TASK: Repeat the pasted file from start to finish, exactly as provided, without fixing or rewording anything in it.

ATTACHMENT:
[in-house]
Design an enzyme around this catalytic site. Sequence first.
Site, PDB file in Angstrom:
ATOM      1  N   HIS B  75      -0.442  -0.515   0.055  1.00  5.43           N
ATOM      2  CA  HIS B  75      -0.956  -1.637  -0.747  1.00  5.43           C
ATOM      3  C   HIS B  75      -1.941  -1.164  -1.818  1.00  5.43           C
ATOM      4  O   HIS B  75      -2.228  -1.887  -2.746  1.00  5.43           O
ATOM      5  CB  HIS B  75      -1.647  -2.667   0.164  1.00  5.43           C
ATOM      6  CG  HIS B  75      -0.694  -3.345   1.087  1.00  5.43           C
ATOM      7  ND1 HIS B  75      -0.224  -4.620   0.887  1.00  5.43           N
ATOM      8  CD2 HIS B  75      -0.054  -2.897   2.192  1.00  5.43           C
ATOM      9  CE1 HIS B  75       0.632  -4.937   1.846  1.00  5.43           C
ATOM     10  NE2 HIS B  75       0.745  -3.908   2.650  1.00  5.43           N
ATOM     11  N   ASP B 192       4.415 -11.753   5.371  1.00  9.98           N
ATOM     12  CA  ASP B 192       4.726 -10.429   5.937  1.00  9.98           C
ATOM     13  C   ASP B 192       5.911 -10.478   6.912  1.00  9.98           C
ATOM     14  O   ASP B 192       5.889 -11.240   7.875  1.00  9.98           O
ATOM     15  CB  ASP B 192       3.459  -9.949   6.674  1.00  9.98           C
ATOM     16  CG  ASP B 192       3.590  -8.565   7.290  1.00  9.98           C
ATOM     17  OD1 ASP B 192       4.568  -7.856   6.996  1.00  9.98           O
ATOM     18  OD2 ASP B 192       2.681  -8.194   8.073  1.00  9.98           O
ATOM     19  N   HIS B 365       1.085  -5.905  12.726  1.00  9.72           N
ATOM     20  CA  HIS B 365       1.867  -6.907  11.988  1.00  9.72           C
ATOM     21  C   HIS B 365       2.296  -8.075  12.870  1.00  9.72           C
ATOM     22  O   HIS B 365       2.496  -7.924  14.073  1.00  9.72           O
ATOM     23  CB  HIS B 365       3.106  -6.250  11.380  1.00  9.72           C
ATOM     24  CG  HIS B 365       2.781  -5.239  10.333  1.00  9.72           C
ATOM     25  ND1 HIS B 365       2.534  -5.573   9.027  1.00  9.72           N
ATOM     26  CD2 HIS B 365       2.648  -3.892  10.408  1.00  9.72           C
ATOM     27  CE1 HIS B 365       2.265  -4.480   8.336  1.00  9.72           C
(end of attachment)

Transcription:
[in-house]
Design an enzyme around this catalytic site. Sequence first.
Site, PDB file in Angstrom:
ATOM      1  N   HIS B  75      -0.442  -0.515   0.055  1.00  5.43           N
ATOM      2  CA  HIS B  75      -0.956  -1.637  -0.747  1.00  5.43           C
ATOM      3  C   HIS B  75      -1.941  -1.164  -1.818  1.00  5.43           C
ATOM      4  O   HIS B  75      -2.228  -1.887  -2.746  1.00  5.43           O
ATOM      5  CB  HIS B  75      -1.647  -2.667   0.164  1.00  5.43           C
ATOM      6  CG  HIS B  75      -0.694  -3.345   1.087  1.00  5.43           C
ATOM      7  ND1 HIS B  75      -0.224  -4.620   0.887  1.00  5.43           N
ATOM      8  CD2 HIS B  75      -0.054  -2.897   2.192  1.00  5.43           C
ATOM      9  CE1 HIS B  75       0.632  -4.937   1.846  1.00  5.43           C
ATOM     10  NE2 HIS B  75       0.745  -3.908   2.650  1.00  5.43           N
ATOM     11  N   ASP B 192       4.415 -11.753   5.371  1.00  9.98           N
ATOM     12  CA  ASP B 192       4.726 -10.429   5.937  1.00  9.98           C
ATOM     13  C   ASP B 192       5.911 -10.478   6.912  1.00  9.98           C
ATOM     14  O   ASP B 192       5.889 -11.240   7.875  1.00  9.98           O
ATOM     15  CB  ASP B 192       3.459  -9.949   6.674  1.00  9.98           C
ATOM     16  CG  ASP B 192       3.590  -8.565   7.290  1.00  9.98           C
ATOM     17  OD1 ASP B 192       4.568  -7.856   6.996  1.00  9.98           O
ATOM     18  OD2 ASP B 192       2.681  -8.194   8.073  1.00  9.98           O
ATOM     19  N   HIS B 365       1.085  -5.905  12.726  1.00  9.72           N
ATOM     20  CA  HIS B 365       1.867  -6.907  11.988  1.00  9.72           C
ATOM     21  C   HIS B 365       2.296  -8.075  12.870  1.00  9.72           C
ATOM     22  O   HIS B 365       2.496  -7.924  14.073  1.00  9.72           O
ATOM     23  CB  HIS B 365       3.106  -6.250  11.380  1.00  9.72           C
ATOM     24  CG  HIS B 365       2.781  -5.239  10.333  1.00  9.72           C
ATOM     25  ND1 HIS B 365       2.534  -5.573   9.027  1.00  9.72           N
ATOM     26  CD2 HIS B 365       2.648  -3.892  10.408  1.00  9.72           C
ATOM     27  CE1 HIS B 365       2.265  -4.480   8.336  1.00  9.72           C